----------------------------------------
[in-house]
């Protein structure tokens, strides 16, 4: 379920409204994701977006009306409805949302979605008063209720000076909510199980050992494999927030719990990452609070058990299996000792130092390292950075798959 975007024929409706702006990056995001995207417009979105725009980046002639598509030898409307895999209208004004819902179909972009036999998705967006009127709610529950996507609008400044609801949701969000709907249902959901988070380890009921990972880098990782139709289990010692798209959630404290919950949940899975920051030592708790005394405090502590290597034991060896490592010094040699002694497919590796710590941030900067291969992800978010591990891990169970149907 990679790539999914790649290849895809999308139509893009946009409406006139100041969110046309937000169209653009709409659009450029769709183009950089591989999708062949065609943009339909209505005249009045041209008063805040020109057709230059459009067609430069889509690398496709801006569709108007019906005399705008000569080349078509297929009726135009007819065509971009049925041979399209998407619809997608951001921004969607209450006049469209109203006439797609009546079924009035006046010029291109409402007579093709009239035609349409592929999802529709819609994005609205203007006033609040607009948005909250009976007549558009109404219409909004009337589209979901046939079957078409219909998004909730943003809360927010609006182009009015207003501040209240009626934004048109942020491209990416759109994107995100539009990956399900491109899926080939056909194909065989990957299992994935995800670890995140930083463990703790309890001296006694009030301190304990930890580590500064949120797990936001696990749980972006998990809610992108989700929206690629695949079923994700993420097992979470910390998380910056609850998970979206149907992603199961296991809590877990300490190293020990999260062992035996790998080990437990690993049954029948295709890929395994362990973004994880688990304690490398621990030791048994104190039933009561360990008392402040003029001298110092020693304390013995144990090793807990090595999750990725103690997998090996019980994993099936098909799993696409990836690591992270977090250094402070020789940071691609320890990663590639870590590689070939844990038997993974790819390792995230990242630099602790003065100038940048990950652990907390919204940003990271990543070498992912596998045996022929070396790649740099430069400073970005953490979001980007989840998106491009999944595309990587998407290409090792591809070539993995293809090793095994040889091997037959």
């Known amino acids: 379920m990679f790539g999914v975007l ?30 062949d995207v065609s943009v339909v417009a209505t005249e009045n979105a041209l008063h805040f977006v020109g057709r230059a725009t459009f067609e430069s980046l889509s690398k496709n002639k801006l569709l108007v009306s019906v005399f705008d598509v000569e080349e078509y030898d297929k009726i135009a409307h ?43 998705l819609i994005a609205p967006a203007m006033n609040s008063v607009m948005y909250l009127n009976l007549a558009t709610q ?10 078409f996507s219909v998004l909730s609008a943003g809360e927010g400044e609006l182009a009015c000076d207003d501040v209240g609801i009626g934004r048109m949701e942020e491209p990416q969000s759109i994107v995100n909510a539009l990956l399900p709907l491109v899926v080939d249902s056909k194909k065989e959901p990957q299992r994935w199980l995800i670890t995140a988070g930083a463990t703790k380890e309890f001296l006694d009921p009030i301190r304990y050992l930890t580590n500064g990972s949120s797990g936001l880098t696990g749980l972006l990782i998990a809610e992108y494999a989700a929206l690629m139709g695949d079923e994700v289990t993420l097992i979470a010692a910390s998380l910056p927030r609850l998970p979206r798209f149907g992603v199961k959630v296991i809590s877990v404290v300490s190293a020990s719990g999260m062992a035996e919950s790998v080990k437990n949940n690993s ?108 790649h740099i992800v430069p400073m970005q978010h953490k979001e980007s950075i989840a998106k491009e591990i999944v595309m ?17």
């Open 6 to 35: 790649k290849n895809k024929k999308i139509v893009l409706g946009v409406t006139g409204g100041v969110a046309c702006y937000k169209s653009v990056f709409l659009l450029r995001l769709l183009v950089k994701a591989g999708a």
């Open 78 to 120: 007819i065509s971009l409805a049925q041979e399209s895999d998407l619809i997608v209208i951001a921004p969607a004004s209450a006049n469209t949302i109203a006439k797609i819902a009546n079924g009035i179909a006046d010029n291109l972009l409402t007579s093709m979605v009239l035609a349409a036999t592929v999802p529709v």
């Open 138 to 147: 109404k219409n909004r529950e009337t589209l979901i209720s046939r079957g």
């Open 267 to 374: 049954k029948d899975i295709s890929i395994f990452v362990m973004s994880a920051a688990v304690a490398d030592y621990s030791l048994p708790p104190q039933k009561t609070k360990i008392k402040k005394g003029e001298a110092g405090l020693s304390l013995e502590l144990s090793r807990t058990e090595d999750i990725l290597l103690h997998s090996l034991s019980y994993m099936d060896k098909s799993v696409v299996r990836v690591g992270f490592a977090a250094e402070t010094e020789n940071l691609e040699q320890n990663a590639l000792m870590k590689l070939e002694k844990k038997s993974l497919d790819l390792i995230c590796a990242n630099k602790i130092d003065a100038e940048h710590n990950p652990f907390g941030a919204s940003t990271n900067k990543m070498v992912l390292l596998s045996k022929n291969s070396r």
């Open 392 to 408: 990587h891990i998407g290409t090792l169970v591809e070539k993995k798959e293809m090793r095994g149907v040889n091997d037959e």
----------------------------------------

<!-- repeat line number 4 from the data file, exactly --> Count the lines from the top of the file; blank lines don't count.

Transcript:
């Open 6 to 35: 790649k290849n895809k024929k999308i139509v893009l409706g946009v409406t006139g409204g100041v969110a046309c702006y937000k169209s653009v990056f709409l659009l450029r995001l769709l183009v950089k994701a591989g999708a």